ESPE Abstracts (2014) 82 P-D-1-3-94

Prenatal Exposure to Phthalates and Phenols in Relation to Anogenital Distance at Birth in Male Infants

Benjamin G Fishera, Ajay Thankamonya, Ken K Ongb, David B Dungera, Ieuan A Hughesa & Carlo L Acerinia


aDepartment of Paediatrics, University of Cambridge, Cambridge, UK; bMRC Epidemiology Unit, Institute of Metabolic Science, Cambridge, UK


Introduction: Increasing incidence of male reproductive disorders may be due to fetal exposure to putative endocrine disruptor chemicals (EDCs), such as phthalates and phenols. Anogenital Distance (AGD) is a biomarker of fetal androgen action in animals, and has recently been linked to testicular dysgenesis syndrome in humans.

Objective: To examine the relationship between prenatal phthalate and phenol exposure and birth AGD in male infants.

Method: Serum samples were collected from pregnant women between 10 and 12 weeks of gestation as part of a larger prospective study (n=334). 27 EDCs (16 phthalate monoesters, and nine phenols) were measured using liquid chromatography/tandem mass spectrometry. Statistical analyses excluded EDCs detectable in <45% of mothers. Birth AGD in males (measured from centre of anus to base of scrotum) was recorded (n=151).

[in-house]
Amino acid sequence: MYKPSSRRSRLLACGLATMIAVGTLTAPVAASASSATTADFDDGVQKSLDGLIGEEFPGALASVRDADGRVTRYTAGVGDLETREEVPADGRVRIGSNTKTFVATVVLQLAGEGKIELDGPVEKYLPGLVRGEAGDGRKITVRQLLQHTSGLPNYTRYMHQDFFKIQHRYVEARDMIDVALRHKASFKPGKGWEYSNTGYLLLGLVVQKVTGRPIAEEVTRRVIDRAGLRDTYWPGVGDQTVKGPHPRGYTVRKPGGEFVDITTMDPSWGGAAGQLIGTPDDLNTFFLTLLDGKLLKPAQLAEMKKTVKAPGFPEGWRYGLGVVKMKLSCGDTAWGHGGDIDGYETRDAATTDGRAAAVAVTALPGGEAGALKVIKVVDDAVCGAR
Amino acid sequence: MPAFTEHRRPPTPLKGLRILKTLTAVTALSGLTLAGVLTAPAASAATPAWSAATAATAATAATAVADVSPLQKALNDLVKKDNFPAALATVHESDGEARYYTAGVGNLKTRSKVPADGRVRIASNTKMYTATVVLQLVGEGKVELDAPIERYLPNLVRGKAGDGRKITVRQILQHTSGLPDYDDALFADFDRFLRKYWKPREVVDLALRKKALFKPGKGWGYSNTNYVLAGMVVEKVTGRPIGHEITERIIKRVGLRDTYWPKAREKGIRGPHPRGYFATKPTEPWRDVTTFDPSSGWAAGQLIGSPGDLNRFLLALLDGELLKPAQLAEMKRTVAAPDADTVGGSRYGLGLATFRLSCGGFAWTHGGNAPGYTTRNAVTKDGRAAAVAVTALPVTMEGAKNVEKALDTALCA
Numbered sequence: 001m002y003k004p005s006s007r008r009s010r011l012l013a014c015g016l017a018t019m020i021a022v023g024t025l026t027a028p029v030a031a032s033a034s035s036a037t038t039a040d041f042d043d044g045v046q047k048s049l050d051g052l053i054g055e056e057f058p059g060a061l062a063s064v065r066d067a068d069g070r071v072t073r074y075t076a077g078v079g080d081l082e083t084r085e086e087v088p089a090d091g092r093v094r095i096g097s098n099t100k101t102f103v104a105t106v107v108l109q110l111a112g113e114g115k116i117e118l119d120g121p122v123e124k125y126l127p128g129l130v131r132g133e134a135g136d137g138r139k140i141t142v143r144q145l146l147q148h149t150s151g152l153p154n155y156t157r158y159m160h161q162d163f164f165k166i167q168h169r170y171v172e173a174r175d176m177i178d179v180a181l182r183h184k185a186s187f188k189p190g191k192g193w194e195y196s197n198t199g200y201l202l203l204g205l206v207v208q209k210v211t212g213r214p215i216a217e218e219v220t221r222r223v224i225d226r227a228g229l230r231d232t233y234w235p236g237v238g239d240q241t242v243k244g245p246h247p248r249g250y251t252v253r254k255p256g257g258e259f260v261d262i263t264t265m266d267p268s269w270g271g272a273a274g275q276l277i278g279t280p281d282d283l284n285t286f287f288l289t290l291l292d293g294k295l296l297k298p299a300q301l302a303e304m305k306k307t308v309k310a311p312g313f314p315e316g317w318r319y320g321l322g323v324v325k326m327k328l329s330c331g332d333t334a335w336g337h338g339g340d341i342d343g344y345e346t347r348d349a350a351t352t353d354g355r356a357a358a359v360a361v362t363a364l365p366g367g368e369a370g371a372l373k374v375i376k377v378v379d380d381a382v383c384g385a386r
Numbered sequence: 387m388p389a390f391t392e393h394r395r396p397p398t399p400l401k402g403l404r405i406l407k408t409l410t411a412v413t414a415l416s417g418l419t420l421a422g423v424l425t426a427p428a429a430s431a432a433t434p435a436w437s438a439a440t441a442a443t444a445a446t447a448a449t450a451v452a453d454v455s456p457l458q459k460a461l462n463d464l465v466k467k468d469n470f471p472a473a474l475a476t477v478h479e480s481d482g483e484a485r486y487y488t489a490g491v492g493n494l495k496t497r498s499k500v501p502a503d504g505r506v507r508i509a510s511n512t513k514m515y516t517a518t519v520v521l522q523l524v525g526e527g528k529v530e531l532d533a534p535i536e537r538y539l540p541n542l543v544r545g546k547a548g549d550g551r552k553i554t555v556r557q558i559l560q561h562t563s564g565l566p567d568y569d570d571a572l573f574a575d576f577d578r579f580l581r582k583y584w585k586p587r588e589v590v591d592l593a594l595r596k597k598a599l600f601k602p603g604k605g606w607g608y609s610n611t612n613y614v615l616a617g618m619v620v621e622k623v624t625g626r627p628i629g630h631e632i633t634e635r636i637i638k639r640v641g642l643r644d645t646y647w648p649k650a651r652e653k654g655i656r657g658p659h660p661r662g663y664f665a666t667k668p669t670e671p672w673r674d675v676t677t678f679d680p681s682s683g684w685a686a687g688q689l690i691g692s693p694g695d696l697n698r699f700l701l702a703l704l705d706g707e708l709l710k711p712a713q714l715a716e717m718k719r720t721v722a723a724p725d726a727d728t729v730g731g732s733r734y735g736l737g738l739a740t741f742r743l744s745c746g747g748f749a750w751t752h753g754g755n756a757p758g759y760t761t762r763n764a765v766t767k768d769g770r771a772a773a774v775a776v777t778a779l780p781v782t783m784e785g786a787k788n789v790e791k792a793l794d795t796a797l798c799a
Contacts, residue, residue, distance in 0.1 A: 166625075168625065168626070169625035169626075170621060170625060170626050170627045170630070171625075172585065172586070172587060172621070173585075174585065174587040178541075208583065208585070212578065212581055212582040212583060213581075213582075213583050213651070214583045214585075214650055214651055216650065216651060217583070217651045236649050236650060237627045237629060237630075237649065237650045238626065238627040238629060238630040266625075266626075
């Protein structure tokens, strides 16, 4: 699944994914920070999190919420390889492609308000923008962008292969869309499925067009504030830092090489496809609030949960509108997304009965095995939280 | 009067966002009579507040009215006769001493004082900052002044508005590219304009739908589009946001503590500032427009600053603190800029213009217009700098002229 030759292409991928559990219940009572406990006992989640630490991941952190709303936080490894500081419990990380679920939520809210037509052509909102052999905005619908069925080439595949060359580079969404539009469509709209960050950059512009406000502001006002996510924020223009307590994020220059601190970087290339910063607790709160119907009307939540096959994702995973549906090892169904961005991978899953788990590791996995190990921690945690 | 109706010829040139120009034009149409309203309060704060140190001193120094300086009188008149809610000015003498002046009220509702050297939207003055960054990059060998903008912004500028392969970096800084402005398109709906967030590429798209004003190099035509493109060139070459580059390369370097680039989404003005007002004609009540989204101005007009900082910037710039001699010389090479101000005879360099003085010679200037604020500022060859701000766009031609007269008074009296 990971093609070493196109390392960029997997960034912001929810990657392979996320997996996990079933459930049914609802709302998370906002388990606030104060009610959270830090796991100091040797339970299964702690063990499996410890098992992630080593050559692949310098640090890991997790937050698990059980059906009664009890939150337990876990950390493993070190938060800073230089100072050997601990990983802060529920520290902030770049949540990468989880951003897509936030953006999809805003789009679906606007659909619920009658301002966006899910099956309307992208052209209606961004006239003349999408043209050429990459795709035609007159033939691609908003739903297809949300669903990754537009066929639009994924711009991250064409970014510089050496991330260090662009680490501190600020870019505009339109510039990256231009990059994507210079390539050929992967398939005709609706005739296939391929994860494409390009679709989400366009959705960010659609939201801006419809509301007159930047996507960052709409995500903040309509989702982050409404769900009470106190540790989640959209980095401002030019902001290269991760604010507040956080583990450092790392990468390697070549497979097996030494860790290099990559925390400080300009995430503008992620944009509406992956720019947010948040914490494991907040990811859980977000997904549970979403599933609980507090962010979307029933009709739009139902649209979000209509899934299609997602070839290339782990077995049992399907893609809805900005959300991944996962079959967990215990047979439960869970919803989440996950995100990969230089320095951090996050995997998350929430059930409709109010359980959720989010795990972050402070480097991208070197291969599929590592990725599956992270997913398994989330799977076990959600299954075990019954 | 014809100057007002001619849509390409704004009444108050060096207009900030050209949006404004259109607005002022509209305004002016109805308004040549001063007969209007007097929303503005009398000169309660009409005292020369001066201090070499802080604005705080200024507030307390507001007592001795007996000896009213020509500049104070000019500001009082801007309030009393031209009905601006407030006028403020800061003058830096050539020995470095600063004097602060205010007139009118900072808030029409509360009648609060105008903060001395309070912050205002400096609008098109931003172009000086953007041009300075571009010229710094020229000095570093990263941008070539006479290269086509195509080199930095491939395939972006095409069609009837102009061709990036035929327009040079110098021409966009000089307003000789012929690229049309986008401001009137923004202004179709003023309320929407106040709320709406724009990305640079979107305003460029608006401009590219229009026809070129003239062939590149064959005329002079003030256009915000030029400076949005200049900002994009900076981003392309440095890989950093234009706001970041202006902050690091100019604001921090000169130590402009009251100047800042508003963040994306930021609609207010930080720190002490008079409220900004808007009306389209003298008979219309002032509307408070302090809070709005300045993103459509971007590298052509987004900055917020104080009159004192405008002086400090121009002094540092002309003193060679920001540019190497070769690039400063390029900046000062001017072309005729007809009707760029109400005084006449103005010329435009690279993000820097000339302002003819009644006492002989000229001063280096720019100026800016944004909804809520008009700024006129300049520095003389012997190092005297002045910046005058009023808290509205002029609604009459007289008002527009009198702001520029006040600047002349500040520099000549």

Results: Six phthalate monoesters (MEP, MiBP, MnBP, MEHP, MECPP, and MCiOP) and three phenols (BPA, TCS, and BP-3) were detectable in ≥45%; median concentrations were 1.57, 3.77, 1.30, 1.17, 0.52, 0.19, 1.78, 0.75 and 0.30 μg/l, respectively. Summed levels were calculated for di(2-ethylhexyl)phthalate metabolites (ΣDEHPm), dibutylphthalate isomer metabolites (ΣMBP(i+n)), and all phthalate metabolites (Σall.phth.m). Mean±S.D. birth AGD was 19.5±5.5 mm. AGD was negatively correlated with ΣDEHPm (ρ=−0.188, P=0.021) and Σall.phth.m (ρ=−0.203, P=0.012), but no other EDCs. In a multiple regression model, potential confounding factors (maternal age, BMI, gestation, birth weight, and birth length) explained 4.5% of variance in birth AGD; entry of EDC levels (MEP, ΣMBP(i+n), ΣDEHPm, MCiOP, BPA, TCS, and BP-3) explained an additional 7.1%. In this model, only ΣDEHPm (β=−0.210, P=0.019) and BMI (β=0.177, P=0.043) were significant. In a separate analysis, Σall.phth.m explained an additional 4.5% of variance in AGD when potential confounders were controlled for (β=−0.213, P=0.014).

Conclusion: These results suggest that exposure to phthalates during the first trimester (specifically DEHP, and possibly others in combination), but not phenols, adversely affects male reproductive development.

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